Jump To Section
What Is a Daybed?
A daybed is a piece of furniture that functions as both a sofa and a bed. A daybed features a three-sided bed frame, with two sides that serve as a headboard and a footboard, and a third side that functions as the backrest of a couch. Daybeds consist of solid wood or metal frames with an upholstered mattress. Most daybeds do not have box springs.
If you want to make a small space serve multiple functions, you might benefit from a daybed. A twin-size daybed can serve as a home office sofa and quickly transition into sleeping space for overnight guests. Daybeds also function nicely in kids' rooms as sofas and play spaces that transform into beds for sleepovers.
How to Use a Daybed
If you plan to use your daybed primarily as a sofa, find one that is comfortable for lounging. You may want an upholstered daybed, which features fabric on all three sides. Button tufting, nailhead trim, or a faux leather surface can make your daybed feel like a traditional couch.
If your daybed is in a guest bedroom, you may wish to forgo upholstery and opt for a metal daybed frame. You can cover the mattress with a sheet and line the backrest with throw pillows for added comfort.
The majority of daybeds feature a twin-size mattress—full-size and queen-size daybeds are far less practical as sofas since their seats are so deep. Use a twin daybed for living spaces and larger-sized daybeds for dedicated sleeping areas.
Daybeds, Trundle Beds, Sofa beds, and Futons: What’s the Difference?
When it comes to space-saving sleeping arrangements, today's buyers have multiple options:
- Daybed: A daybed is a hybrid of a sofa and a bed. It does not contain moving parts, and it almost always comes with a twin-size mattress that sits on slats or a platform. Daybeds work best with a spring mattress, as a memory foam mattress will provide too much sink when used as a couch.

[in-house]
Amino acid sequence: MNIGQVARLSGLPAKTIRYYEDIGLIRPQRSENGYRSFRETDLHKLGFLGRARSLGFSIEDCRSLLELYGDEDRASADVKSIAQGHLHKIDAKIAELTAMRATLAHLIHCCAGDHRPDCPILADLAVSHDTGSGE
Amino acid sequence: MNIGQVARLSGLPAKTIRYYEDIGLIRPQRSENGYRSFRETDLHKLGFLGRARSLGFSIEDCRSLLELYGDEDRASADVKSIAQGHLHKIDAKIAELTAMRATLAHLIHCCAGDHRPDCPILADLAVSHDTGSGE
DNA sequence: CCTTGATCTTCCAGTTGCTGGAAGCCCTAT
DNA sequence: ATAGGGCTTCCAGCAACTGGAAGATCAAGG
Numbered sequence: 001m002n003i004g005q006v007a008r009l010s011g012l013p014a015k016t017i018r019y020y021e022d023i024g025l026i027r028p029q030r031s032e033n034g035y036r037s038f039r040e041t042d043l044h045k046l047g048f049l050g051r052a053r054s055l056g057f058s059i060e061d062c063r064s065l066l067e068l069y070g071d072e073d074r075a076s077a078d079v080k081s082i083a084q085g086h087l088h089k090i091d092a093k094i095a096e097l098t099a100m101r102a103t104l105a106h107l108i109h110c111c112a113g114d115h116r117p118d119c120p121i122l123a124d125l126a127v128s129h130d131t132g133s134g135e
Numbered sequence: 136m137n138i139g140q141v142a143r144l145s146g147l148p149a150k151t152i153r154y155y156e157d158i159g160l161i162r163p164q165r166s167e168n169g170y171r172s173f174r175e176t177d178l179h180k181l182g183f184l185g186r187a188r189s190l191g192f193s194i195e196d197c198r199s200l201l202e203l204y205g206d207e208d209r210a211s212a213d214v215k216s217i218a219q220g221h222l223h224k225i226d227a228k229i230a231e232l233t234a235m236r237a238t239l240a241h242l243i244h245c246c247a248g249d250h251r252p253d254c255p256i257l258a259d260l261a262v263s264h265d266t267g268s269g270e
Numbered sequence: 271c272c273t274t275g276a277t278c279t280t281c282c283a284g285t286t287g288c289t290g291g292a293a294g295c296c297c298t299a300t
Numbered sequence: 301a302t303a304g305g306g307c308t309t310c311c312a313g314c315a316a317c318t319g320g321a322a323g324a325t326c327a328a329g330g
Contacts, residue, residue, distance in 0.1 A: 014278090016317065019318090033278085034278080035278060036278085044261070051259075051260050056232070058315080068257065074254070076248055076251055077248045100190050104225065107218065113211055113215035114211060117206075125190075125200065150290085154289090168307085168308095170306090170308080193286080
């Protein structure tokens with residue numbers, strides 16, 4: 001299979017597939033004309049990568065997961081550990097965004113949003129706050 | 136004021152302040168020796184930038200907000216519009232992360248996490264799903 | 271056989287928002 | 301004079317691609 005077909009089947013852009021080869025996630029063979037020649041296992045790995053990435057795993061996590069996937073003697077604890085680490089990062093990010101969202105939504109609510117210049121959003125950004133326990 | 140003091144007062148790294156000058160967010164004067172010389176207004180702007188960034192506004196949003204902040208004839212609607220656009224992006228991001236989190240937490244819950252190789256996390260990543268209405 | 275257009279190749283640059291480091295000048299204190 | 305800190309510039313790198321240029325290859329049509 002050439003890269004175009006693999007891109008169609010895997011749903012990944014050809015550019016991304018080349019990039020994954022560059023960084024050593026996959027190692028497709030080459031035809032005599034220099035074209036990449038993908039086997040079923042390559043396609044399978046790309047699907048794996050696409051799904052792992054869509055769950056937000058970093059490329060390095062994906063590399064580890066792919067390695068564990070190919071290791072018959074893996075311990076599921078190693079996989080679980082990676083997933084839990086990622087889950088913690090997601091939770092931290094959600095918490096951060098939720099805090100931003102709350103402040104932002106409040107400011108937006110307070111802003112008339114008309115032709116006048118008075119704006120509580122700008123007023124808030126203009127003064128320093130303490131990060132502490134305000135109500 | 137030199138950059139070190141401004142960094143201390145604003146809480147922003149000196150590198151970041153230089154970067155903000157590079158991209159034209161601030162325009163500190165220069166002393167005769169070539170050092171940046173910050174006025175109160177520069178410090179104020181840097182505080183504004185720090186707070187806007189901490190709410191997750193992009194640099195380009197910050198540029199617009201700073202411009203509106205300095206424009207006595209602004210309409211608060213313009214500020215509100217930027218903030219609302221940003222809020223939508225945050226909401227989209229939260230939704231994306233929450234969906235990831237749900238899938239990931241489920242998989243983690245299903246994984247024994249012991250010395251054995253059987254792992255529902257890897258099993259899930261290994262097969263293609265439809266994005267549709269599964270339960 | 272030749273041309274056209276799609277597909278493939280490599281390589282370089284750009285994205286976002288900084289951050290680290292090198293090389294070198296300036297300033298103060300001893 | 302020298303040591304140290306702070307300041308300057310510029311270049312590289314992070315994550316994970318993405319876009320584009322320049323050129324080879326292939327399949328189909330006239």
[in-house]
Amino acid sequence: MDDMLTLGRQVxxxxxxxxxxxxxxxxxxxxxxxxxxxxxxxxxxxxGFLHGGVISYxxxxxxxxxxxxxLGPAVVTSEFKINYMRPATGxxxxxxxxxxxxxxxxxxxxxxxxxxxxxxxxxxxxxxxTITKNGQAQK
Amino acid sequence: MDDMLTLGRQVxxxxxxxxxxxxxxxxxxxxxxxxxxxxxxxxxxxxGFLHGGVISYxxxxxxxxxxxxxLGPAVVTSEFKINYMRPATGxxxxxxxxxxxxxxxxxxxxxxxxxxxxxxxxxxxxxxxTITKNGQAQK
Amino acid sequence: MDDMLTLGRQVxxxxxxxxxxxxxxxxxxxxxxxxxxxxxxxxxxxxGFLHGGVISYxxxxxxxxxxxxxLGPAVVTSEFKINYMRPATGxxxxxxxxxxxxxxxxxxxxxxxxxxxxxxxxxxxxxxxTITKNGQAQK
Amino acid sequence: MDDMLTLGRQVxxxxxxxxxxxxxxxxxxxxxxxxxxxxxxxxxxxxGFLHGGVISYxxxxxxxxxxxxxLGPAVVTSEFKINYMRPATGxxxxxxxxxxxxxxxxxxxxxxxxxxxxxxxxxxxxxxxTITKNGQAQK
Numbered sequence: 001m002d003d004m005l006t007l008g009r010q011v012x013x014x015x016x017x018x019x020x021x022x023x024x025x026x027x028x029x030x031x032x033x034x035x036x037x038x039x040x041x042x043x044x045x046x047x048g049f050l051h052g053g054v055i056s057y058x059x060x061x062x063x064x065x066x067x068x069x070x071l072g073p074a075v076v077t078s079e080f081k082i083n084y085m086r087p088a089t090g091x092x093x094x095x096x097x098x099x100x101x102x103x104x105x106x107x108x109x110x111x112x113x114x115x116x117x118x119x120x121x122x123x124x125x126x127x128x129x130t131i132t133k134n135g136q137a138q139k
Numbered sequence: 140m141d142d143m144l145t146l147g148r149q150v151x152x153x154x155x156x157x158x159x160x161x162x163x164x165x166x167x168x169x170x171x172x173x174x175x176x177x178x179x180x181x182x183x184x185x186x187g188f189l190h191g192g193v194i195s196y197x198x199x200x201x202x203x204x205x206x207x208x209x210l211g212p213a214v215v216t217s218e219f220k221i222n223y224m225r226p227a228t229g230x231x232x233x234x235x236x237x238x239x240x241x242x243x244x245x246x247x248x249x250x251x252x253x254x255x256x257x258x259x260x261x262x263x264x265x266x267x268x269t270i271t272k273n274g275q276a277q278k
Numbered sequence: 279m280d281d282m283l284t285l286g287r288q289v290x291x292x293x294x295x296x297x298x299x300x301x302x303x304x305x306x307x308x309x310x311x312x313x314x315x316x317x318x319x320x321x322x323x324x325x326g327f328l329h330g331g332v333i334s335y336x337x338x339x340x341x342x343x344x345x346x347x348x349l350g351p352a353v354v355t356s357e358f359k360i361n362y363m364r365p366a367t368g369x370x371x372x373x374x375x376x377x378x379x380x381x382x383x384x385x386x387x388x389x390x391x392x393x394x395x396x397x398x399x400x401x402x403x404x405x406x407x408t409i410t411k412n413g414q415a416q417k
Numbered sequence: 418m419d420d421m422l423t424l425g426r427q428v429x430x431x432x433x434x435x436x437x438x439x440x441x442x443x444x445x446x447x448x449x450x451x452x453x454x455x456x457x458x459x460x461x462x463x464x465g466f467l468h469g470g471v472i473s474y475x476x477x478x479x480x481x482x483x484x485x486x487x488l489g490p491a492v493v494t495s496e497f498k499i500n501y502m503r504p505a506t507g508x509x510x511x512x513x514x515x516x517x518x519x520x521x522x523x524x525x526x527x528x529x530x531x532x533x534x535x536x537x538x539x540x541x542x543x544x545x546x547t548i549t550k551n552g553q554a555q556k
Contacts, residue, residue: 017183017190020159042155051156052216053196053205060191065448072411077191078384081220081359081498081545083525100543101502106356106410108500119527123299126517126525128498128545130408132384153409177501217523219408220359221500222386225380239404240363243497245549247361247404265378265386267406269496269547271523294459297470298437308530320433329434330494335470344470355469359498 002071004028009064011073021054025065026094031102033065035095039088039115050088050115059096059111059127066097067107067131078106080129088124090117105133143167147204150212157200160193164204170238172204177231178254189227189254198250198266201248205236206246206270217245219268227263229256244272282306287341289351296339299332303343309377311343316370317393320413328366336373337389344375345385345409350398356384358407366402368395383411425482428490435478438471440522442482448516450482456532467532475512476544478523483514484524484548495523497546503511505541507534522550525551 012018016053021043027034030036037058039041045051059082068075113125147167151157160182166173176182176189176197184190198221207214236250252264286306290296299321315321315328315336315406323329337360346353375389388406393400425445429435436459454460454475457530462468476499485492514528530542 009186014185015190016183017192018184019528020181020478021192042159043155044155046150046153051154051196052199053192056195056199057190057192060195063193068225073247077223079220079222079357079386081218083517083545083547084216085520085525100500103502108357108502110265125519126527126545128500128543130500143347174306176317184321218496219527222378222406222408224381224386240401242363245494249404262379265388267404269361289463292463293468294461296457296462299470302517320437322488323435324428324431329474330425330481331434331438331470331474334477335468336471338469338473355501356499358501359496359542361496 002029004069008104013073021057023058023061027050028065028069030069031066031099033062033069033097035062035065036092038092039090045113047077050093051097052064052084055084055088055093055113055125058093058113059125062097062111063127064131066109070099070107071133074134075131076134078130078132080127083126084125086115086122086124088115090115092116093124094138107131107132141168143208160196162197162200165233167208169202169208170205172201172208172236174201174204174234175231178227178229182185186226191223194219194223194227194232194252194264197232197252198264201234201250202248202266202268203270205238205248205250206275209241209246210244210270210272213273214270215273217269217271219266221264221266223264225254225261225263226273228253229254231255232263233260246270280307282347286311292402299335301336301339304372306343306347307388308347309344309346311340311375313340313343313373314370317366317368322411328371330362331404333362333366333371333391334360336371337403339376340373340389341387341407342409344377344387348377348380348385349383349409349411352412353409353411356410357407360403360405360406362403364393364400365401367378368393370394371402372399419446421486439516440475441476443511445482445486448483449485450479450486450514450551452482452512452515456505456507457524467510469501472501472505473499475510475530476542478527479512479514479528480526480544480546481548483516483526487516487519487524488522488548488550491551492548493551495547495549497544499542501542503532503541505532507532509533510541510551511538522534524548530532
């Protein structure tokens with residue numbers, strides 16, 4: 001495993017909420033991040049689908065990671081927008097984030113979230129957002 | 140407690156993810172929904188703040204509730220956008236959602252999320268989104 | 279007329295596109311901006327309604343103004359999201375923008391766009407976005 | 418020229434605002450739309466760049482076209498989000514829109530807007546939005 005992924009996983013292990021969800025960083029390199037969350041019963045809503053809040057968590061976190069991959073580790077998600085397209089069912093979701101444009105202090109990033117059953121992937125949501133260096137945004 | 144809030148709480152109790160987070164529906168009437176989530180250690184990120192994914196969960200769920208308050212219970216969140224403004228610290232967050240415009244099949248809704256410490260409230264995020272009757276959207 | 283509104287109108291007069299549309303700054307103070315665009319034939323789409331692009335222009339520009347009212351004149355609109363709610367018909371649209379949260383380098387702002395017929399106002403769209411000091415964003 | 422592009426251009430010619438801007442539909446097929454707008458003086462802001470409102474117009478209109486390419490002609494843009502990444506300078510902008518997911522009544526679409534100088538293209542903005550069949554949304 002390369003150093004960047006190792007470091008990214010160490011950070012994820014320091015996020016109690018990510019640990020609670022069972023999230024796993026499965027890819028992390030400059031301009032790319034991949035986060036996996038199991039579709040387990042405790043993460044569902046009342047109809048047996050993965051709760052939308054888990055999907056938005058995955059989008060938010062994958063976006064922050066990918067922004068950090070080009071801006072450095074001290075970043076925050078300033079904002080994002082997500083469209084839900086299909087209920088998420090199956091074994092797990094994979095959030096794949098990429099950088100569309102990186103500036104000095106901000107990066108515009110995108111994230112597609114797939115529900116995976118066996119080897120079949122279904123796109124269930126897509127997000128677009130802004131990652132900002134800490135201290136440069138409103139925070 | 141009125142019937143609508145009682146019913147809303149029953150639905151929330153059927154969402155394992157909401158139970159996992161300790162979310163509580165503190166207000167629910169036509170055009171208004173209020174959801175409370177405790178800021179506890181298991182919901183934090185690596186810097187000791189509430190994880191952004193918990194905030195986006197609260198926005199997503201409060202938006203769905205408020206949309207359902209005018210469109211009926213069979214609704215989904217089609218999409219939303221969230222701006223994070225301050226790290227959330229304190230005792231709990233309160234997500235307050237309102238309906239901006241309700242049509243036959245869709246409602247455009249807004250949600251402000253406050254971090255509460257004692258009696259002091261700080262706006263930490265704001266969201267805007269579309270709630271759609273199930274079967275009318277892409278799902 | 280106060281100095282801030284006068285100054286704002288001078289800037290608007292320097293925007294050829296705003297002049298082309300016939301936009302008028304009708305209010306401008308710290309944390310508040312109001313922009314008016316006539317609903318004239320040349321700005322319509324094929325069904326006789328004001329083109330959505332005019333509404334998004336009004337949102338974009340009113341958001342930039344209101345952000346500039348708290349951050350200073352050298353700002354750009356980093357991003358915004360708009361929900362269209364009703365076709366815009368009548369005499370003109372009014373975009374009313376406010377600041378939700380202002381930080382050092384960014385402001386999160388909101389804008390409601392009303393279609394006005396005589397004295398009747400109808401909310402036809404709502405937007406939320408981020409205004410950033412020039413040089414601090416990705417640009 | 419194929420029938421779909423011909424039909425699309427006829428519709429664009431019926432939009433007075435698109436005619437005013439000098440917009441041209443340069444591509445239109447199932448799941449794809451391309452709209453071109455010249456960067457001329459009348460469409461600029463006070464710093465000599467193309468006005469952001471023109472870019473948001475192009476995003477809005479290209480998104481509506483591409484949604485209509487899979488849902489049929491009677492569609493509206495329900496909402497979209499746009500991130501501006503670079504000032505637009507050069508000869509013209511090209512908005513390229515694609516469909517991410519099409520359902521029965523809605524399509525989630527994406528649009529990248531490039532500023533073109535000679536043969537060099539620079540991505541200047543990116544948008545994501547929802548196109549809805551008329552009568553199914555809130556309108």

- Trundle bed: A trundle bed is a two-in-one bed: One mattress tucks underneath the frame of another mattress. Roll-out trundles and pull-out trundles make good use of small spaces, and trundle bunk beds offer expanded sleeping in a kid's room.
- Sofa bed: Like a daybed, a sofa bed doubles as both a couch and a sleeping space. However, a sofa bed has moving parts that make its surface flat (for sleeping) or angled (for sitting). Sofa beds tend to make better couches than daybeds, and daybeds make better sleeping spaces because they can accommodate high-quality mattresses that do not fold.
- Futon: A futon is a simplified sofa bed. When used as a sofa, one side of the mattress functions as the sofa backrest, and the other side functions as the seat. When transformed, the futon can lie flat so that the entire sleeping surface is level. Futons come with both metal frames and wood frames.
Learn interior design from award-winning designer Kelly Wearstler. Make any space feel larger, cultivate your own distinct style, and create spaces that tell a story with the MasterClass Annual Membership.